The Founding Fathers did not just fear invasion by the federal government however; tight regulation diminishing their power was also a fear. The portion of the second amendment that protected against that was “the right of the people to keep … Arms, shall not be infringed.” (emphasis added) This is an issue that arises time and time again whenever new gun regulation is proposed, and it’s this fear that the government will come knocking on your door and take your gun away from you, that keeps reform at a standstill. This is no small populace either; citizens on one side fear 'mad gunmen,' but still other citizens on the other side fear the idea of the government intervention that would go into place if regulation was enacted. Perhaps for some it is not so much on this issue alone, but what it may lead to in terms of government interference in other aspects of our daily lives. Rest assured however, even if tighter regulation was enacted, the president himself has assured the public that you can keep your existing registered guns with no added complications. (Obama 2013)
The truly interesting part is not the ending however, but the beginning. “A well regulated Militia, being necessary to the security of a free State…” The one part most proponents of the second amendment conveniently leave off. One may wonder if this is naivety as to what the constitution states, or simply intentionally overlooking the details as to keep their 'arms'.
Another hot-button issue seems to be that of personal privacy. Although it is commonly assumed that the constitution protects our right to privacy, the word 'privacy' is never actually mentioned in the constitution, or any of the following amendments. The word 'private' is mentioned once in Amendment V, but only in regards to monetary compensation for private property seized by the government. (Founding Fathers 94) Amendment III and Amendment IV briefly allude to the concept of privacy however, even if it may not be mentioned specifically. The Amendments are as follows:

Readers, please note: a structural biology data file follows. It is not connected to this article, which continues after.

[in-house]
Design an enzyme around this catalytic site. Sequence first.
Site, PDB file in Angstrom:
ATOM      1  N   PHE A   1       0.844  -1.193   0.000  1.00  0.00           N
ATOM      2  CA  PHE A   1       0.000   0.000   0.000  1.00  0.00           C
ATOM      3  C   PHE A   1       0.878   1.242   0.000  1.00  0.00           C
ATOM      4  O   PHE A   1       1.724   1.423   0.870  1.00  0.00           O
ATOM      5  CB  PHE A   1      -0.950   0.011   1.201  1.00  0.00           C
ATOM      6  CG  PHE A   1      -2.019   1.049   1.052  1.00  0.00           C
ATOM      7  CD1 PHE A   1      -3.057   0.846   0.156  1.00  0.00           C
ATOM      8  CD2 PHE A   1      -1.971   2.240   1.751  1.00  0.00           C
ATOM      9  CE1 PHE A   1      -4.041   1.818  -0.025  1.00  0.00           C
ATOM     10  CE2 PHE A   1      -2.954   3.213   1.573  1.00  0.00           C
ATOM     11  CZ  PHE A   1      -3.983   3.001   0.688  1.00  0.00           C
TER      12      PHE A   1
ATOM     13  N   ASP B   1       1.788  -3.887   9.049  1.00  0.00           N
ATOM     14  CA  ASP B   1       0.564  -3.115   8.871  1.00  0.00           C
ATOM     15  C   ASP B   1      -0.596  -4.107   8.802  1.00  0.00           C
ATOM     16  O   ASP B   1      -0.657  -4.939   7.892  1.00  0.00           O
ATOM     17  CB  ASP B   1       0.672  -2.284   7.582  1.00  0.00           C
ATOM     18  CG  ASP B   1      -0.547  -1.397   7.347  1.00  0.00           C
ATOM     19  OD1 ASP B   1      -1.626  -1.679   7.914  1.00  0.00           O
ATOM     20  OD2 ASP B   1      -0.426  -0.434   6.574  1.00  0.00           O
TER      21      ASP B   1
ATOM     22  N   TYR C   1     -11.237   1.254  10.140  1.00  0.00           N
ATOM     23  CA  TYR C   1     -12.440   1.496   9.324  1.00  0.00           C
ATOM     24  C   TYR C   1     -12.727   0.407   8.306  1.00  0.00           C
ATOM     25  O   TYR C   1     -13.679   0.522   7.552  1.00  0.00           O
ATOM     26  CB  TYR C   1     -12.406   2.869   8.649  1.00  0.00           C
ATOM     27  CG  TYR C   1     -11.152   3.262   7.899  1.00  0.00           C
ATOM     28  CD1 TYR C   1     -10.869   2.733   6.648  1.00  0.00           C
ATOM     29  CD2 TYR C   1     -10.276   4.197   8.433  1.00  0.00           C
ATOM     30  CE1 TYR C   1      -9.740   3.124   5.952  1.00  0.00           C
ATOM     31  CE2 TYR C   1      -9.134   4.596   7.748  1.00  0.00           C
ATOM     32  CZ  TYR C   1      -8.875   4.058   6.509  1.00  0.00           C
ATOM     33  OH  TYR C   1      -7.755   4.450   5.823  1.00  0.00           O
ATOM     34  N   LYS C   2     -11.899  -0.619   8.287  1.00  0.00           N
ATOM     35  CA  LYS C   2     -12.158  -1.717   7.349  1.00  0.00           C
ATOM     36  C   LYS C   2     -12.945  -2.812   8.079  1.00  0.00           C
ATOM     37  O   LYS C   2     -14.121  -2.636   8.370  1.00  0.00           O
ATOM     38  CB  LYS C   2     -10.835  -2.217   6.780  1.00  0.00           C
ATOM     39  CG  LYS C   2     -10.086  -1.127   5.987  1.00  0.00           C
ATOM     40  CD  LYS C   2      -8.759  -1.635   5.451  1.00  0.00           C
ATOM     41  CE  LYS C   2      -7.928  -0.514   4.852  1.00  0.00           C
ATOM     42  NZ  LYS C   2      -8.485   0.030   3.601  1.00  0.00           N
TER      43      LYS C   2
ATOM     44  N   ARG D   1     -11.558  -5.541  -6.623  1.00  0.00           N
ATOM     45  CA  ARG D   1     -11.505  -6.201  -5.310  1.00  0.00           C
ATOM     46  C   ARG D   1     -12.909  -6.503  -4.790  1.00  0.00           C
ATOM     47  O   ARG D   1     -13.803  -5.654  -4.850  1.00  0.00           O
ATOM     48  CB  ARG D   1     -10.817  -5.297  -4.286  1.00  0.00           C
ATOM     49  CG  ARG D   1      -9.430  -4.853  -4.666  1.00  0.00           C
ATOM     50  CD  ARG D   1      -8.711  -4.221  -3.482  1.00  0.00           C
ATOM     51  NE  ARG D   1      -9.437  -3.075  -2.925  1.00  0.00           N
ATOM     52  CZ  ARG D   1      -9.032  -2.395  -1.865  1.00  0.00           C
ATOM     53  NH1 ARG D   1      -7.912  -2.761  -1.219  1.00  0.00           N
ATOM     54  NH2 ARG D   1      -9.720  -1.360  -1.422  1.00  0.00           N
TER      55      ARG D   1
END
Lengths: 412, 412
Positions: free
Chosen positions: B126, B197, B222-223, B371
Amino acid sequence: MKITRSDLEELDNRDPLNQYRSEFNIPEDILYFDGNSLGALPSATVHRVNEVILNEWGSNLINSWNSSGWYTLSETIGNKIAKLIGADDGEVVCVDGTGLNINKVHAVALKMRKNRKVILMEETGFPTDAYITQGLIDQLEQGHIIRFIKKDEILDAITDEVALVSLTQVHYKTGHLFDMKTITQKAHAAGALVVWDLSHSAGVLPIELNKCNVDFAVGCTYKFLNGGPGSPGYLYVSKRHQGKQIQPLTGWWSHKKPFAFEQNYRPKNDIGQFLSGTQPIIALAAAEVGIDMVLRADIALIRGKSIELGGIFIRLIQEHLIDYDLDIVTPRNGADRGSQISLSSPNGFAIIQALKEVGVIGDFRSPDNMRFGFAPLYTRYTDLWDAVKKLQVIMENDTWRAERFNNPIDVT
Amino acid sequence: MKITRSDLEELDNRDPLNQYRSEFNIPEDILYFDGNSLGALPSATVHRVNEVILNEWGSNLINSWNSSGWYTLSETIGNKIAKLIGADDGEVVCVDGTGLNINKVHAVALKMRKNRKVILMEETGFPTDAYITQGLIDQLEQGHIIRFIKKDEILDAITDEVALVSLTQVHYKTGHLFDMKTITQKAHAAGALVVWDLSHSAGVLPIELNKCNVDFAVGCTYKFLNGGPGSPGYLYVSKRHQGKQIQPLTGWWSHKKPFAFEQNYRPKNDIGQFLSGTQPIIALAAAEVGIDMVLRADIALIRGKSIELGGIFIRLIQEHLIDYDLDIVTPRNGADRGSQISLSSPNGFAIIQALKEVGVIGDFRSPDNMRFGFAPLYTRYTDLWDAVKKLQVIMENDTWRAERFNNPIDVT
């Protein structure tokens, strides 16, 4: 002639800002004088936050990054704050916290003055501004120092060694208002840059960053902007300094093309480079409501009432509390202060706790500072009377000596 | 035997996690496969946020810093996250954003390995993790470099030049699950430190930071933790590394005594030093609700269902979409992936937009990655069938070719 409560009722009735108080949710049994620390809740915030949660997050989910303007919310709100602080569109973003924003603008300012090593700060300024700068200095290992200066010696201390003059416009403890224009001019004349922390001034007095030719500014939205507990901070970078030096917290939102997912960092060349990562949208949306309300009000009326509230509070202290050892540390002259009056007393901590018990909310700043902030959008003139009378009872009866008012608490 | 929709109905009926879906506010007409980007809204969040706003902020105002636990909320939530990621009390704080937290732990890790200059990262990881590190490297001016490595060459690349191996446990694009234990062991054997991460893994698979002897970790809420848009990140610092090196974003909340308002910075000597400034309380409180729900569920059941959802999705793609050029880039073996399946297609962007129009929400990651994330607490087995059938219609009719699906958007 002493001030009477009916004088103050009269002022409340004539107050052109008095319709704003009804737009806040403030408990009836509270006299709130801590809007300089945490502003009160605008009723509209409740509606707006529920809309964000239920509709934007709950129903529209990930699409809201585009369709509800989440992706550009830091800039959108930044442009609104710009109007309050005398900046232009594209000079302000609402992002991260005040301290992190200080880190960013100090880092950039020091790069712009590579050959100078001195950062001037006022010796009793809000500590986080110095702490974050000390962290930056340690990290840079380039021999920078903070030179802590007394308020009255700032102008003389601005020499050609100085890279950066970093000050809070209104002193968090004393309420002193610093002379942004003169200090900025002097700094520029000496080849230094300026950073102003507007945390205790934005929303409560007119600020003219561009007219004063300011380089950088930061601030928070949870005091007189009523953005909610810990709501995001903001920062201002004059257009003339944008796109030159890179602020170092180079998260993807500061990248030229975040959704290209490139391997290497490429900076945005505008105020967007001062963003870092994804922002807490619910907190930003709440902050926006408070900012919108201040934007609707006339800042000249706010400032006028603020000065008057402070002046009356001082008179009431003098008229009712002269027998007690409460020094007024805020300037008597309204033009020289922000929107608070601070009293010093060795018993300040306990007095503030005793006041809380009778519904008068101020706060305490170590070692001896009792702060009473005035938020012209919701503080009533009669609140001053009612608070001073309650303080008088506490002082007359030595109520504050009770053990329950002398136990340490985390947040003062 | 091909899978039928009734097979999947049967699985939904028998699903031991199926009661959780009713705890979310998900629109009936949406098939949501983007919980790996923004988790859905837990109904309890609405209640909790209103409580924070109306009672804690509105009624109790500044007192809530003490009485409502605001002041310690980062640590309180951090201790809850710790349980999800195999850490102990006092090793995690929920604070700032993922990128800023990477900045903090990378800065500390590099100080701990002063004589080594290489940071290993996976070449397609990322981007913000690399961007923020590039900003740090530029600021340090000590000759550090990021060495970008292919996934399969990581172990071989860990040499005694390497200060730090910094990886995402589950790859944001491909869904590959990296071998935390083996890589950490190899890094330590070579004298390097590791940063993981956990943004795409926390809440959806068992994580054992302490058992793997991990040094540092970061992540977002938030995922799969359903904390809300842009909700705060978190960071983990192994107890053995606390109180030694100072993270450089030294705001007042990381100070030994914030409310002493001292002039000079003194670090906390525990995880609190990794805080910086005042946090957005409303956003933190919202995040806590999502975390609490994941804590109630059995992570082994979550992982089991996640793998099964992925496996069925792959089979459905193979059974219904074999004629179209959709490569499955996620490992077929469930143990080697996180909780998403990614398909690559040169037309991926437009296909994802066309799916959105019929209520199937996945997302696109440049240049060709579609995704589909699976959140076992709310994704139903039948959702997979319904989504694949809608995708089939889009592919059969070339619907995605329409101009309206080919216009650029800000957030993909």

Amendment III: “No Soldier shall, in time of peace be quartered in any house, without the consent of the Owner, nor in time of war, but in a manner to be prescribed by law.” Amendment IV: “The right of the people to be secure in their persons, houses, papers, and effects, against unreasonable searches and seizures, shall not be violated, and no Warrants shall issue, but upon probable cause, supported by Oath or affirmation, and particularly describing the place to be searched, and the persons or things to be seized.” (Founding Fathers 94)
Amendment III gives us protection against a soldier staying unwelcome in our place of residence. This undeniably grants us at least a right to our privacy in this very specific regard. Amendment IV protects us from unwarranted search and seizure. In other words, the police cannot (on a whim) search your property, or seize any of your belongings without a warrant; (a legal piece of paper). If they achieve a warrant through the police department however, they can then look around your property and take your things, (but only the specific things listed on the warrant). This typically only happens if you are the suspect of a crime however; the common citizen should not have anything to fear. Certain exceptions that people should be aware of do exist to these laws however, including but not limited to, one's car. This, being out in the open, may be searched without a warrant.